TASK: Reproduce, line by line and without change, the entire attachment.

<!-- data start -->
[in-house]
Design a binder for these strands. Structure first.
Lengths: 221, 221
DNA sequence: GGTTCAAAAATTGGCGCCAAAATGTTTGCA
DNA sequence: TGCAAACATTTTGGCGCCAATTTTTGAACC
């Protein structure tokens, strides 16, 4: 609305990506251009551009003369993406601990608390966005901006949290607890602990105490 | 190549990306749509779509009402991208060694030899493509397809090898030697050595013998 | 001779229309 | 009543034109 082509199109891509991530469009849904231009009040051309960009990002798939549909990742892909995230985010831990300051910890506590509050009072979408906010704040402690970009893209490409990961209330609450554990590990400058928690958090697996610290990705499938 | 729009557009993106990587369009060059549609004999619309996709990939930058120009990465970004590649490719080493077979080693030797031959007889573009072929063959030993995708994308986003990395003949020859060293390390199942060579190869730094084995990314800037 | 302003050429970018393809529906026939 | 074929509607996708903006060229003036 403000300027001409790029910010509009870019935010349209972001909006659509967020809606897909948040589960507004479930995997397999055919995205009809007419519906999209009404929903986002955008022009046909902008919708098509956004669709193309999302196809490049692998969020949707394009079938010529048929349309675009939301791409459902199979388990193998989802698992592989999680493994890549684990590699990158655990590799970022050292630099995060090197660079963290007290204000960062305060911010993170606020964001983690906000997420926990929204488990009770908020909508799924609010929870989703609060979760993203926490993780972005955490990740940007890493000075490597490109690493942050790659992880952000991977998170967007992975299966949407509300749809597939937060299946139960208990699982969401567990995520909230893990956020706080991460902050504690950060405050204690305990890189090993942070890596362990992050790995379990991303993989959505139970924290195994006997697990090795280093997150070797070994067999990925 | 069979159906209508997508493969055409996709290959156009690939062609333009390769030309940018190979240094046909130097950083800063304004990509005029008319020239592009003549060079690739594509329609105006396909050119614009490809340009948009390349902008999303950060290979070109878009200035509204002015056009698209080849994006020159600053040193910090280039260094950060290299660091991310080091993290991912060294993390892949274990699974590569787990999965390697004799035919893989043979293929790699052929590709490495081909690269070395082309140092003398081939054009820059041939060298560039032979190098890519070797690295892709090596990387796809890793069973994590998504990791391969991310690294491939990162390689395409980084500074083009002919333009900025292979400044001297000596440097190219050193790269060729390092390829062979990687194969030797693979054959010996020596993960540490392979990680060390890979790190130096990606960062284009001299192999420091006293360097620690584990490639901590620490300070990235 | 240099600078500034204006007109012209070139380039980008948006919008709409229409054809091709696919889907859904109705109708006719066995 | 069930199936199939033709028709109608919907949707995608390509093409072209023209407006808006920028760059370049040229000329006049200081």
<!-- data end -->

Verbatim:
[in-house]
Design a binder for these strands. Structure first.
Lengths: 221, 221
DNA sequence: GGTTCAAAAATTGGCGCCAAAATGTTTGCA
DNA sequence: TGCAAACATTTTGGCGCCAATTTTTGAACC
């Protein structure tokens, strides 16, 4: 609305990506251009551009003369993406601990608390966005901006949290607890602990105490 | 190549990306749509779509009402991208060694030899493509397809090898030697050595013998 | 001779229309 | 009543034109 082509199109891509991530469009849904231009009040051309960009990002798939549909990742892909995230985010831990300051910890506590509050009072979408906010704040402690970009893209490409990961209330609450554990590990400058928690958090697996610290990705499938 | 729009557009993106990587369009060059549609004999619309996709990939930058120009990465970004590649490719080493077979080693030797031959007889573009072929063959030993995708994308986003990395003949020859060293390390199942060579190869730094084995990314800037 | 302003050429970018393809529906026939 | 074929509607996708903006060229003036 403000300027001409790029910010509009870019935010349209972001909006659509967020809606897909948040589960507004479930995997397999055919995205009809007419519906999209009404929903986002955008022009046909902008919708098509956004669709193309999302196809490049692998969020949707394009079938010529048929349309675009939301791409459902199979388990193998989802698992592989999680493994890549684990590699990158655990590799970022050292630099995060090197660079963290007290204000960062305060911010993170606020964001983690906000997420926990929204488990009770908020909508799924609010929870989703609060979760993203926490993780972005955490990740940007890493000075490597490109690493942050790659992880952000991977998170967007992975299966949407509300749809597939937060299946139960208990699982969401567990995520909230893990956020706080991460902050504690950060405050204690305990890189090993942070890596362990992050790995379990991303993989959505139970924290195994006997697990090795280093997150070797070994067999990925 | 069979159906209508997508493969055409996709290959156009690939062609333009390769030309940018190979240094046909130097950083800063304004990509005029008319020239592009003549060079690739594509329609105006396909050119614009490809340009948009390349902008999303950060290979070109878009200035509204002015056009698209080849994006020159600053040193910090280039260094950060290299660091991310080091993290991912060294993390892949274990699974590569787990999965390697004799035919893989043979293929790699052929590709490495081909690269070395082309140092003398081939054009820059041939060298560039032979190098890519070797690295892709090596990387796809890793069973994590998504990791391969991310690294491939990162390689395409980084500074083009002919333009900025292979400044001297000596440097190219050193790269060729390092390829062979990687194969030797693979054959010996020596993960540490392979990680060390890979790190130096990606960062284009001299192999420091006293360097620690584990490639901590620490300070990235 | 240099600078500034204006007109012209070139380039980008948006919008709409229409054809091709696919889907859904109705109708006719066995 | 069930199936199939033709028709109608919907949707995608390509093409072209023209407006808006920028760059370049040229000329006049200081």